Congress unveiled its omnibus spending bill late March 21, which abandoned President Donald Trump's dramatic wishlist for a reformed Consumer Financial Protection Bureau.
The spending bill, which congressional leaders hope to pass before the government shutdown deadline on March 23, instead requires the CFPB to notify Congress of any transfer of funds from the Federal Reserve on the date of the request. Trump's budget had suggested restricting the agency's "broad enforcement authority over Federal consumer law" and restructuring it over the period of two years.
Trump's budget had also suggested capping transfers to the CFPB from the Federal Reserve, which funds the agency. The White House also advocated for subjecting both the Office of Financial Research and the Financial Stability Oversight Council to Congressional appropriations.
None of those provisions were adopted in the final bill, which was negotiated by lawmakers in the hopes of whipping enough support before the March 23 deadline.
Like the spending bill for 2017, the omnibus bill does require the Office of Management and Budget to submit a report to the U.S. House and Senate on the costs of implementing the post-crisis Dodd-Frank financial regulatory framework. The OMB is headed by CFPB Acting Director Mick Mulvaney.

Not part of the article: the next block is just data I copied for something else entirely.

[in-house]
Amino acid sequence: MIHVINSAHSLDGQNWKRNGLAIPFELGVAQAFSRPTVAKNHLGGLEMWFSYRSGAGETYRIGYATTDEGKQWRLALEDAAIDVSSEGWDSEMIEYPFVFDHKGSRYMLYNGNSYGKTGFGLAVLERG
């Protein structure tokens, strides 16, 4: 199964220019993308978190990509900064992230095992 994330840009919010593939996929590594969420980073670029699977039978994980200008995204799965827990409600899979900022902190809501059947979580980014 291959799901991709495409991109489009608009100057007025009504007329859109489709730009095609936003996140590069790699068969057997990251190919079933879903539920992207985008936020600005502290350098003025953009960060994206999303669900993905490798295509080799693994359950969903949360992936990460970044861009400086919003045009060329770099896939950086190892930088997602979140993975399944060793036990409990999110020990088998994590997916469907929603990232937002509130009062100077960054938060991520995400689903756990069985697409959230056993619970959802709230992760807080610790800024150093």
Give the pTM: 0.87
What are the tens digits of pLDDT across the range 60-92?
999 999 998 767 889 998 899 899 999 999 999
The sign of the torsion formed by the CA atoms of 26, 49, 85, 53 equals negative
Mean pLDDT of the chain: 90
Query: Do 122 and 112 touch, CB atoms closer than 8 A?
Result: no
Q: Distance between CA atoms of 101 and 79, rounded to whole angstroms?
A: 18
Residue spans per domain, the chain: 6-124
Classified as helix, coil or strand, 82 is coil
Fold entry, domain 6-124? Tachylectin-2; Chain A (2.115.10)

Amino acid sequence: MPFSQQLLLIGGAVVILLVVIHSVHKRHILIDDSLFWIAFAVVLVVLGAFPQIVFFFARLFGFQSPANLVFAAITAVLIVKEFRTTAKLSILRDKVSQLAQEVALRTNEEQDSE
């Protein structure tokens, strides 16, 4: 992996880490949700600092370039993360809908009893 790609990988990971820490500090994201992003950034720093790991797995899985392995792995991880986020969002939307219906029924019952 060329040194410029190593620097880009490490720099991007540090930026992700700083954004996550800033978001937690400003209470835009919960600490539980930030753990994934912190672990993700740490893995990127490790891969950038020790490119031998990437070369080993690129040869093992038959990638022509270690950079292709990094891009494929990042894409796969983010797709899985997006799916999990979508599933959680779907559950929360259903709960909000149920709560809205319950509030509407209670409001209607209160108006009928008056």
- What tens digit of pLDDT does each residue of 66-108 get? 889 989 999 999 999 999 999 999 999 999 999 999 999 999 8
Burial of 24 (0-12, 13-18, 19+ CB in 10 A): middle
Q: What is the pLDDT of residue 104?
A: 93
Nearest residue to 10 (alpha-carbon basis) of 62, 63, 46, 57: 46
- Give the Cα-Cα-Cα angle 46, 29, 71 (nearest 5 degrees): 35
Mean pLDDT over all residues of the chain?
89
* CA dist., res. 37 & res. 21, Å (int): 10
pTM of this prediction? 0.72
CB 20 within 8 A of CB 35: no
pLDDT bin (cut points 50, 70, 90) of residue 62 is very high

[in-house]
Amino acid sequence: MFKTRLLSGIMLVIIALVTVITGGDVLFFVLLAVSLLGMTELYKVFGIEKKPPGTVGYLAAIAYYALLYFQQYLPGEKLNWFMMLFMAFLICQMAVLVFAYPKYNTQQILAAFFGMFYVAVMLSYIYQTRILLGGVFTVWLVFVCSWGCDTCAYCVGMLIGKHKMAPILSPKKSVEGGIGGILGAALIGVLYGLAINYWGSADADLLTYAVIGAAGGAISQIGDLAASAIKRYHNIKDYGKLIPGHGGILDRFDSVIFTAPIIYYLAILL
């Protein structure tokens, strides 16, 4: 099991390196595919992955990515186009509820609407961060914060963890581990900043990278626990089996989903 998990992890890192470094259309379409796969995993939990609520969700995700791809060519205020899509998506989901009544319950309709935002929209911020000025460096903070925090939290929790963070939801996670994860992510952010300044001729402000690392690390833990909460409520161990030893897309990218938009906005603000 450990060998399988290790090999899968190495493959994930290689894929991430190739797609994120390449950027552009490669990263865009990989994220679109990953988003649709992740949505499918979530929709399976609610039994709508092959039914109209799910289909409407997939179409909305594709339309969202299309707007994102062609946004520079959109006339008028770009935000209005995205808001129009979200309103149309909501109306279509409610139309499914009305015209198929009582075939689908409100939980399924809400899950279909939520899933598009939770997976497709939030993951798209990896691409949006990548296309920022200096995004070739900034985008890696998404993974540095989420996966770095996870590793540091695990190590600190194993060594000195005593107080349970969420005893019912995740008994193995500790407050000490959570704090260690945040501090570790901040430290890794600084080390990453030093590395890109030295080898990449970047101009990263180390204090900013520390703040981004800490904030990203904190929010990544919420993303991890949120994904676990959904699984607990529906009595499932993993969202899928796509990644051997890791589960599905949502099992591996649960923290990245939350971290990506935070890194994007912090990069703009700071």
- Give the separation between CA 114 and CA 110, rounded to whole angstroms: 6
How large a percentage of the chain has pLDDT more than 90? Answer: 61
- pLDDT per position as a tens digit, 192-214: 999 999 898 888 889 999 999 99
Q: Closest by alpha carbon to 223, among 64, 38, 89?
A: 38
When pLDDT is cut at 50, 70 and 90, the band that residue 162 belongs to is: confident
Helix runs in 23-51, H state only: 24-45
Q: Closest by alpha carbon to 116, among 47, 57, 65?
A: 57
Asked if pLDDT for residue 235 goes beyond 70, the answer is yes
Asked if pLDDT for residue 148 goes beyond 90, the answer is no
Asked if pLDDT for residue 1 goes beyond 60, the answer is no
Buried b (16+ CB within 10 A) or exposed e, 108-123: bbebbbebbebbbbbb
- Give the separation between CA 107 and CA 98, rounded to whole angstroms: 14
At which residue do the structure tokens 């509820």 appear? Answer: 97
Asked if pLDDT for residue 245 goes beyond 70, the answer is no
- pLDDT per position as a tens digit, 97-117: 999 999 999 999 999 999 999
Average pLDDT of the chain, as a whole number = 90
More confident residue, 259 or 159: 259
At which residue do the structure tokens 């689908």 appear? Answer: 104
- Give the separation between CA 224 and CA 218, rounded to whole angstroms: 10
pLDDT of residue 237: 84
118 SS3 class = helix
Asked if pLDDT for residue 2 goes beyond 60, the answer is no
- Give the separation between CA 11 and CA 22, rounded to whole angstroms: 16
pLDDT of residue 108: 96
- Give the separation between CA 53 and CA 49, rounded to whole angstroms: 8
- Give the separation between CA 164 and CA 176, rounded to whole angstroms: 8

At the Securities and Exchange Commission, the bill proposes increasing the agency's budget on information technology by $45 million, the amount the agency requested. The agency hopes to use the money on enhancements that would bolster enforcement and examination, analysis, and cybersecurity functions. The SEC would also be appropriated $244.5 million to relocate the agency's headquarters.
At the Treasury, the appropriations bill would not eliminate funding for the Community Development Financial Institutions Fund, as the Trump budget suggested. The bill also maintains funding for the community development block grant program.